While graphing your power lines, try doing the channel scan. It could be that the power draw of the TV card and CPU when channel scanning is causing the power supply to do something very odd.
     
  4. colin m

    colin m
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    Yes I totally agree...and it could have all be a fluke...my assumption is that it caused a power surge or spike which fried the mobo and hdd...I have 2 SATA HDDs - one was fine, the other totally dead.

    However it did cross my mind that the PSU could have had a part to play, so I've taken the opp to change it to a new and larger power one.

    Thanks for your thoughts :)
     
  5. WheresMyArtisan

    WheresMyArtisan
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    I don't think a device could cause a supply voltage to rise, unless it was deliberately designed to be destructive!

    It would draw current, which could make the voltage drop. The power supply should compensate for this. Perhaps your faulty/overloaded power supply was over-compensating, causing a voltage surge above the normal level.

    It would still be interesting to see if it was the cause, but this could be at the expense of another new MB or HD.

    I don't think the TV card was at fault though - all it did was draw power. If this caused the voltage to rise above its limit then the power supply was faulty. No matter how much current something takes, it shouldn't cause the voltage to rise.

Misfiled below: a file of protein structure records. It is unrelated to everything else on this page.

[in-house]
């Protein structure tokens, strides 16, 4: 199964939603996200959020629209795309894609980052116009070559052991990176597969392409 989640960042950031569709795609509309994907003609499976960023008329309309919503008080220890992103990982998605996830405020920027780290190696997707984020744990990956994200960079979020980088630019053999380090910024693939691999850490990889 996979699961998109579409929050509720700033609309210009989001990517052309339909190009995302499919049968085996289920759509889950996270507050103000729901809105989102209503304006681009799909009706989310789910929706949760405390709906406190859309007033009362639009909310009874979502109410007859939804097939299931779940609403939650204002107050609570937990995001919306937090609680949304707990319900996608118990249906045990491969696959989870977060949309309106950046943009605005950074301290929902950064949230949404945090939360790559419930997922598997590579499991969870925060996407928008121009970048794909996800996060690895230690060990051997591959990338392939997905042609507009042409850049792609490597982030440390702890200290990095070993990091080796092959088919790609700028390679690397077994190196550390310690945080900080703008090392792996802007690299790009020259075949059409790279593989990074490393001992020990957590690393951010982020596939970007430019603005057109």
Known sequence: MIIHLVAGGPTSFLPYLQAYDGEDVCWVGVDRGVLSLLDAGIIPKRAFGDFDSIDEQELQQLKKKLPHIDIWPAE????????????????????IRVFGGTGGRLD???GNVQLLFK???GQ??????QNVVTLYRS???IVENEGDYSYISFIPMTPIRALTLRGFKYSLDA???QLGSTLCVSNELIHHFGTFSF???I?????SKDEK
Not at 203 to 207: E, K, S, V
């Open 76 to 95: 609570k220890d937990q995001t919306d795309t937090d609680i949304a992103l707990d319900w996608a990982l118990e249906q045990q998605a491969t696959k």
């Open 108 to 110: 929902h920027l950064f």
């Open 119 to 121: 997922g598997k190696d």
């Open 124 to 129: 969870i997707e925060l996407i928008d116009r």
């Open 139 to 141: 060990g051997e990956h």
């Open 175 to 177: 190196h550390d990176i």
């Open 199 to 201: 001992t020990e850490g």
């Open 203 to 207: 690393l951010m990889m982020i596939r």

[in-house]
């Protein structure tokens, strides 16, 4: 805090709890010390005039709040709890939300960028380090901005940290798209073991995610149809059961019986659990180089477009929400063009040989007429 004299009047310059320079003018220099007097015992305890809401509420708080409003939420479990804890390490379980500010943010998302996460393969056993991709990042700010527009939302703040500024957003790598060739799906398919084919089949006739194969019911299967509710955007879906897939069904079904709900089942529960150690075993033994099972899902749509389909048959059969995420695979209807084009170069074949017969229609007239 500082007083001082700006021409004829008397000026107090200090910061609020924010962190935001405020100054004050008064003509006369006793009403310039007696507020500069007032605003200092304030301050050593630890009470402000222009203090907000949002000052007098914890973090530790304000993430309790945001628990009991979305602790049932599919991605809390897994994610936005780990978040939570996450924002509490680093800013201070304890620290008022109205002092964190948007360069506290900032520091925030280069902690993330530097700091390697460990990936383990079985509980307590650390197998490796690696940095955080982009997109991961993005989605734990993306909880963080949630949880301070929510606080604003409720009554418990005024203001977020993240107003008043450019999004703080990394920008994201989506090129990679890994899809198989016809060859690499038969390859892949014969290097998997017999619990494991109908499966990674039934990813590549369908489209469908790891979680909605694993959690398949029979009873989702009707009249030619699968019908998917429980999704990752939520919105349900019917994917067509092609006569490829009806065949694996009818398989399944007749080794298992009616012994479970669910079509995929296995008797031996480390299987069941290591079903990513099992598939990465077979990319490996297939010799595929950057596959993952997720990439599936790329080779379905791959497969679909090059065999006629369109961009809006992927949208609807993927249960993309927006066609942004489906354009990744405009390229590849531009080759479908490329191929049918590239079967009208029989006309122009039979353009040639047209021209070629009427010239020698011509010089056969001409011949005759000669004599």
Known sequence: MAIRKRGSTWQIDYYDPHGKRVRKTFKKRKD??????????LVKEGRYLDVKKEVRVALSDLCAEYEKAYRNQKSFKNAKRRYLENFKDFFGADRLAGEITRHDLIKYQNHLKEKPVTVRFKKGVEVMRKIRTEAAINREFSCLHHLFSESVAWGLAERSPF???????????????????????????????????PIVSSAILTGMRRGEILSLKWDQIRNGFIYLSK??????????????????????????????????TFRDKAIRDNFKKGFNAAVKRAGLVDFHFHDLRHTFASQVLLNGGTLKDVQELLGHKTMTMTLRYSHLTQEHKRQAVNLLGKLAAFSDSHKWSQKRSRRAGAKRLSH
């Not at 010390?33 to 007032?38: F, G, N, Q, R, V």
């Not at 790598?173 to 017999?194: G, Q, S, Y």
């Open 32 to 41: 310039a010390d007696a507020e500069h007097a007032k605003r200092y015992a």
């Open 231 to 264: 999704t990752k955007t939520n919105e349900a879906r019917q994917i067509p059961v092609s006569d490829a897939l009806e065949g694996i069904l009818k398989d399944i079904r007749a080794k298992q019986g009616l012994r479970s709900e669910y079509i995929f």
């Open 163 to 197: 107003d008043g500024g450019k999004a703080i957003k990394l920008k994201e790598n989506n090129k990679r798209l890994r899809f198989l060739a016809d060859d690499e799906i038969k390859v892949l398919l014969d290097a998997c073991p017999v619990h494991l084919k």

6. graham.myers

    graham.myers
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    The thing with the 3620 is it only draws power from the pcie bus. Only the ones with sat tuners need the extra power connection
     
  7. colin m

    colin m
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    Hmmm...interesting. So do you think that if my power supply was stretched or overloaded (it was only 350W - I've gone to 500W now) that this could have caused it?

    I agree that a peripheral shouldn't create power, only draw power, but it still doesn't make much sense.
     
  8. colin m

    colin m
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    ..and, no, I dare not try the experiment again with the old power supply and new MB, HDD and TV tuner!!
     
  9. graham.myers

    graham.myers
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    it also depends on the age of the psu. Due to capacitor ageing, a PSU's power rating can drop by as much as 20% per year. So if the psu is two years old then it could only be giving 224w for example. 3 year old and it drops to 179 watts. Thats a pessimistic rating though. It could only be as low as 10%/year - it depends on the quality of ceramic capacitor used, if the machine is on 24/7, how heat it was exposed to etc etc
     
  10. WheresMyArtisan

    WheresMyArtisan
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    I would think that a faulty PSU could go overvoltage as a result of stress or ageing. I mentioned the rating as that could have been the source of the problem - i.e. it gets overloaded then some part of it gets burnt out and it goes overvoltage as a result.

    My HTPC has a 350W power supply and 6 tuners, 2 of which are HD. But the CPU and HD are very low power. It all depends on what load is on what rail, and how much the power supply can provide on each rail.